To fully understand the ways that a PR firm can help your brand, you need to understand the PESO model of media engagement. Simply stated, PESO breaks down media opportunities into four types: paid, earned, shared, and owned. While having your brand featured in any of these types of media can be a win, earned media has special value that makes it stand out among the four.
What is earned media?
If you understand the mechanics of social media, then it will be easy for you to understand earned media and how it differs from the other types. Take Facebook as an example. Any brand can establish a Facebook account and begin sharing media that can be seen by its followers. That is not earned media; that is owned media. Any brand also can run an ad on Facebook that will be inserted in a variety of spots to be seen by people who are not your followers and are not necessarily looking for information about your brand. That also is not earned media; that is paid media. If your brand is putting out quality posts that your followers get excited about, someone might share a post with their followers, expanding your reach and allowing new people to get excited about your brand. Again, that is not earned media; that is shared media.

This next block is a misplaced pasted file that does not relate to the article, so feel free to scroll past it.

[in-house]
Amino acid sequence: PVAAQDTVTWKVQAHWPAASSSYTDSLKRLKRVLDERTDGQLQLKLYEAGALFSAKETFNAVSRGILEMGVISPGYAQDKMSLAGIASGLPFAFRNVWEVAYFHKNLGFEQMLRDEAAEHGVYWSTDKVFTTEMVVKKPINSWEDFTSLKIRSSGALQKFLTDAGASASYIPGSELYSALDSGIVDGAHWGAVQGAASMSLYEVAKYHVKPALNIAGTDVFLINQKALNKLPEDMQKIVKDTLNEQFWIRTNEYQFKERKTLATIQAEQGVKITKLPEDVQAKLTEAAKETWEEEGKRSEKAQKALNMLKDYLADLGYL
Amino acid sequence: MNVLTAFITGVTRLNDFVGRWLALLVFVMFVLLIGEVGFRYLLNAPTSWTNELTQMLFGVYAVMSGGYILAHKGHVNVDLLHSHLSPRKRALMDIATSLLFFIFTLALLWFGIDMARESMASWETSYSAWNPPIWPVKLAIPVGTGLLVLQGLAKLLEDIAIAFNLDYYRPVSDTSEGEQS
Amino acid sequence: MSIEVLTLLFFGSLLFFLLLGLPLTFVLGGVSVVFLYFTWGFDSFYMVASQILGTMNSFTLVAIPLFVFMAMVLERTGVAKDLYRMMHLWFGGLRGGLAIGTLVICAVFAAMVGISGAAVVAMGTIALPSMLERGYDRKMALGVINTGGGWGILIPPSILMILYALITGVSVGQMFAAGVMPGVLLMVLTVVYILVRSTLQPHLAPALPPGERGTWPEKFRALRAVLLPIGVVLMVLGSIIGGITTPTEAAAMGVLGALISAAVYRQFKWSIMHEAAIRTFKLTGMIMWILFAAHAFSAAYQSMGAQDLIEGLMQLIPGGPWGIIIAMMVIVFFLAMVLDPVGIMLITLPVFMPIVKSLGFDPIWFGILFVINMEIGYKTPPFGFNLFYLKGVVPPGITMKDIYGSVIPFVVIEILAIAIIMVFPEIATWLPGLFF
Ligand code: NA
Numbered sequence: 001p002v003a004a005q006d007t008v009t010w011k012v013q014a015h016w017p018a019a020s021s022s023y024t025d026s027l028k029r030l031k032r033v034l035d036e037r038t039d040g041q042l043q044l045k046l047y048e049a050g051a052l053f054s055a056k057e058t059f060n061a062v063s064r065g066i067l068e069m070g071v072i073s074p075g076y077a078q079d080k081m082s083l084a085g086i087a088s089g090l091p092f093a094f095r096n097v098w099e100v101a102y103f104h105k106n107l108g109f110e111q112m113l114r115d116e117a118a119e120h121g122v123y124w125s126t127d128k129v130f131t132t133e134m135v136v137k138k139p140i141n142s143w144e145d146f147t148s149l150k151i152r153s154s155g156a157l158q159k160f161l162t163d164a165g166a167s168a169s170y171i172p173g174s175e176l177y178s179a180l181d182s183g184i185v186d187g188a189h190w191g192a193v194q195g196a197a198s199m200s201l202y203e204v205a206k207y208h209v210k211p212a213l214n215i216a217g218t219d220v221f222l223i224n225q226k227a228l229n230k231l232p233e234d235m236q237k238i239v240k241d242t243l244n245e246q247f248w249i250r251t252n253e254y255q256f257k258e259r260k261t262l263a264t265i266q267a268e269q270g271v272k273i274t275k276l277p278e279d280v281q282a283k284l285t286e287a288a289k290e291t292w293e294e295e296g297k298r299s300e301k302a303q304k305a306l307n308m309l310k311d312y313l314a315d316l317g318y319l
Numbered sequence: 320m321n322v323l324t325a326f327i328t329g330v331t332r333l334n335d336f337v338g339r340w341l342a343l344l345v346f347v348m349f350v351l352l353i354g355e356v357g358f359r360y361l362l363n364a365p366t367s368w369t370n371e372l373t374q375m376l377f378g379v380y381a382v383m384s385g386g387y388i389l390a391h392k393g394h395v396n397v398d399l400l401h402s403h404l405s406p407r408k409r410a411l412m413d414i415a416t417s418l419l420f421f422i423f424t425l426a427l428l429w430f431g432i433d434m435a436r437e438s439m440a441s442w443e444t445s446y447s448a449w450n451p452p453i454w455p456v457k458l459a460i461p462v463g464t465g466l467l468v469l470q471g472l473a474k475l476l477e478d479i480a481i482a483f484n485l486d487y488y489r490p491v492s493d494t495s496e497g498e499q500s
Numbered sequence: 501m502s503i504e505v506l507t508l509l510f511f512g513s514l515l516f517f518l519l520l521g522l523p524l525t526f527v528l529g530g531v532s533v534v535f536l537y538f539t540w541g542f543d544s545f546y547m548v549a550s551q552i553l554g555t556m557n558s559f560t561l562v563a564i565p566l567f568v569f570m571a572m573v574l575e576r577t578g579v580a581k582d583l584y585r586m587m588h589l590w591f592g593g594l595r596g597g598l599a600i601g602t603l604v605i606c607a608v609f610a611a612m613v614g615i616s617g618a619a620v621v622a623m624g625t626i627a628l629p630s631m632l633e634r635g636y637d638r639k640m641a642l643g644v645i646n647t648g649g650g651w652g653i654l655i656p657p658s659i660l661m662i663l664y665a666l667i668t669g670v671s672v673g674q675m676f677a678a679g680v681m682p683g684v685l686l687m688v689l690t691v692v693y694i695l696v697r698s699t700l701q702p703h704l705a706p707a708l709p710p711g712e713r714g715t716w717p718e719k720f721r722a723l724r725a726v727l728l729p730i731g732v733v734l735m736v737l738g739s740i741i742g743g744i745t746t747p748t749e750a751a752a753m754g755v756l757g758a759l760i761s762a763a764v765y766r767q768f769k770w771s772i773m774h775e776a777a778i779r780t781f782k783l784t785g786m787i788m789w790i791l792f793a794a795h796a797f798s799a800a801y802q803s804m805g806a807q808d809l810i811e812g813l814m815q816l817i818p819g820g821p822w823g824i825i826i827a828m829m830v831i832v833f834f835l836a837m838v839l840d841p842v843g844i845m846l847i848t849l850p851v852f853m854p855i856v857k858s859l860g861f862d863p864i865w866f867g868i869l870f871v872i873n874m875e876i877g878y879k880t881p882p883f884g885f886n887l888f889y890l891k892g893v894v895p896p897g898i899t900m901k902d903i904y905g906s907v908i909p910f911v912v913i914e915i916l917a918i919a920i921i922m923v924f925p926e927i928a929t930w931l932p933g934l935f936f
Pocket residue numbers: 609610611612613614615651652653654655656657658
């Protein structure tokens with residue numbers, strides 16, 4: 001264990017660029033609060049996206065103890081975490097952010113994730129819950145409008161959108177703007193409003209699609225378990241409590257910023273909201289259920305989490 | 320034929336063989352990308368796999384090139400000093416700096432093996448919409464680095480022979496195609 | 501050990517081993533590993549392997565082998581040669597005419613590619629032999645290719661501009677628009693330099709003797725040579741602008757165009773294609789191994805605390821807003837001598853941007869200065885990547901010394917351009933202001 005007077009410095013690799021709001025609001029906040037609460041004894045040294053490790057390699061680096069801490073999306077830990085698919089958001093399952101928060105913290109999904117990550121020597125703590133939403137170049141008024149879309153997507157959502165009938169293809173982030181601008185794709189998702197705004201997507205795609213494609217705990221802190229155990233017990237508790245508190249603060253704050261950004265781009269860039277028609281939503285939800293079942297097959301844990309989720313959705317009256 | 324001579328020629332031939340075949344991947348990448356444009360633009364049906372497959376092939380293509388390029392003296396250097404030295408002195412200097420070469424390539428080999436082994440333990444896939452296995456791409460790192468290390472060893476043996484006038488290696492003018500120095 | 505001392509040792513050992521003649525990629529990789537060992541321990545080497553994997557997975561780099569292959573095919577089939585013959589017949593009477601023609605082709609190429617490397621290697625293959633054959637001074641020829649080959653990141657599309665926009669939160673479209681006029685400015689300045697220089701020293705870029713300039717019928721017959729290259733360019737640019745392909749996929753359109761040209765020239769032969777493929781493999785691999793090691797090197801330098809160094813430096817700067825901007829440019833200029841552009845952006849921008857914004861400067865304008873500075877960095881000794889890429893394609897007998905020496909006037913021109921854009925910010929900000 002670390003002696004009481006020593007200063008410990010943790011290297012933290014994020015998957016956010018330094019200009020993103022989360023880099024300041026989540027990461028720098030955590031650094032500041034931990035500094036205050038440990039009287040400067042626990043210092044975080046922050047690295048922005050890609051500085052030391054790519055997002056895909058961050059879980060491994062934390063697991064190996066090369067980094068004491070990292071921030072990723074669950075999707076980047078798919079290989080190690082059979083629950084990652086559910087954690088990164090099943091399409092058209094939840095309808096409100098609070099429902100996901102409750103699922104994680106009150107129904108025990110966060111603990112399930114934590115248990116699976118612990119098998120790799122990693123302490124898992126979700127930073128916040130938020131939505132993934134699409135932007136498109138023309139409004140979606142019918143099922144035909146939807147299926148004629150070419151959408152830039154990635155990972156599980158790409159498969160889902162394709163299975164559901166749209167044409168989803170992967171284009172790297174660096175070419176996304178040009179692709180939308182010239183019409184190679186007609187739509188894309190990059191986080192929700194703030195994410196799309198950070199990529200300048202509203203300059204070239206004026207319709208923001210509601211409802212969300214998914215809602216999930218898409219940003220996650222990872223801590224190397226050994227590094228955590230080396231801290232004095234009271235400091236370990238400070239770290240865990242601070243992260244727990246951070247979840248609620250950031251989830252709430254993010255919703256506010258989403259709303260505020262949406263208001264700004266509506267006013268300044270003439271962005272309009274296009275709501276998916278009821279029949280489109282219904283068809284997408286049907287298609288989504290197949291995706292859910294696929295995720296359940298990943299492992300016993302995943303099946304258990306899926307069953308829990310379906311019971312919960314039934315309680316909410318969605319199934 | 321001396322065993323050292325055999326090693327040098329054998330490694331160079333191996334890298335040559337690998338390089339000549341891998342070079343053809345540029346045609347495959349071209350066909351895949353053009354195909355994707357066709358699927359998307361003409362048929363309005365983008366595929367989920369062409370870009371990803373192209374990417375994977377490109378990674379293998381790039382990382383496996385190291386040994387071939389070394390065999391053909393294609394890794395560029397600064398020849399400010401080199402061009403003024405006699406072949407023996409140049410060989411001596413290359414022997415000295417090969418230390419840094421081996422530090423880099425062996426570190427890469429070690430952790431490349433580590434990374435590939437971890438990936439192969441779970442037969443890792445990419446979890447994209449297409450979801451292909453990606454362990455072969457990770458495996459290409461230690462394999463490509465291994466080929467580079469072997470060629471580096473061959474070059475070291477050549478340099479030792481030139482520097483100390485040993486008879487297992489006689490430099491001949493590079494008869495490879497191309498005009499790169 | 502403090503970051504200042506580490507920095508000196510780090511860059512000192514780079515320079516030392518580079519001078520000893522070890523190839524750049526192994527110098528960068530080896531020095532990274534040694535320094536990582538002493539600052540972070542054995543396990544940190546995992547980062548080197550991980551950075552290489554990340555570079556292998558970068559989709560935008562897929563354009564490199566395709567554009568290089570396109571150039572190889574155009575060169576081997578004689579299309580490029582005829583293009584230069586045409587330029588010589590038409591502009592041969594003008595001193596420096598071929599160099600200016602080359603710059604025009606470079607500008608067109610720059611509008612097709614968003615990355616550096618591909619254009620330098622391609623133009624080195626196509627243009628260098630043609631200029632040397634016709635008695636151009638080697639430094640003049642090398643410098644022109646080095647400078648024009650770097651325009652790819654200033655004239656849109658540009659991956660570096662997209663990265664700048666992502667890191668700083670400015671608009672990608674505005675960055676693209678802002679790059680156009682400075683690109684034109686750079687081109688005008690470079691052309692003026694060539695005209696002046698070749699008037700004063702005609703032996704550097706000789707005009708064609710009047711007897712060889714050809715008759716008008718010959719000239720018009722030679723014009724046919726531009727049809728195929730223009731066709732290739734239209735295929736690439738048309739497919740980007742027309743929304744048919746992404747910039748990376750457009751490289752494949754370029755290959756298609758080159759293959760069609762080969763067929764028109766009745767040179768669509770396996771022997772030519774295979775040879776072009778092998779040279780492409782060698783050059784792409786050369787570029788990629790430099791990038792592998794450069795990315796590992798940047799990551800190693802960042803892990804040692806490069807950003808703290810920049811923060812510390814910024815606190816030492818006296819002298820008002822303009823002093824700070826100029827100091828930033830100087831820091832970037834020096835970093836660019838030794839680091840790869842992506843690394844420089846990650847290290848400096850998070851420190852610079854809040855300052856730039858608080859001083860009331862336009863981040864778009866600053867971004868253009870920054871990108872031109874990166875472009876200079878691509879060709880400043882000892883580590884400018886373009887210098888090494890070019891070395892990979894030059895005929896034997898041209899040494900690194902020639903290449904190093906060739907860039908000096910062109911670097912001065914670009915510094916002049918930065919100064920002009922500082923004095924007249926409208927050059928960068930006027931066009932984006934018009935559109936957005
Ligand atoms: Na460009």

Imagine for a moment that your brand sells hiking boots. You have a new customer who picks up a pair of your boots at a sporting goods store and wears them out for a short hike on one of their local trails. They love your boots, which they describe as the equivalent of “hiking on air,” so they post a picture on Facebook with your boots, their excellent review, and a link to your website. That is earned media.
Examples of earned media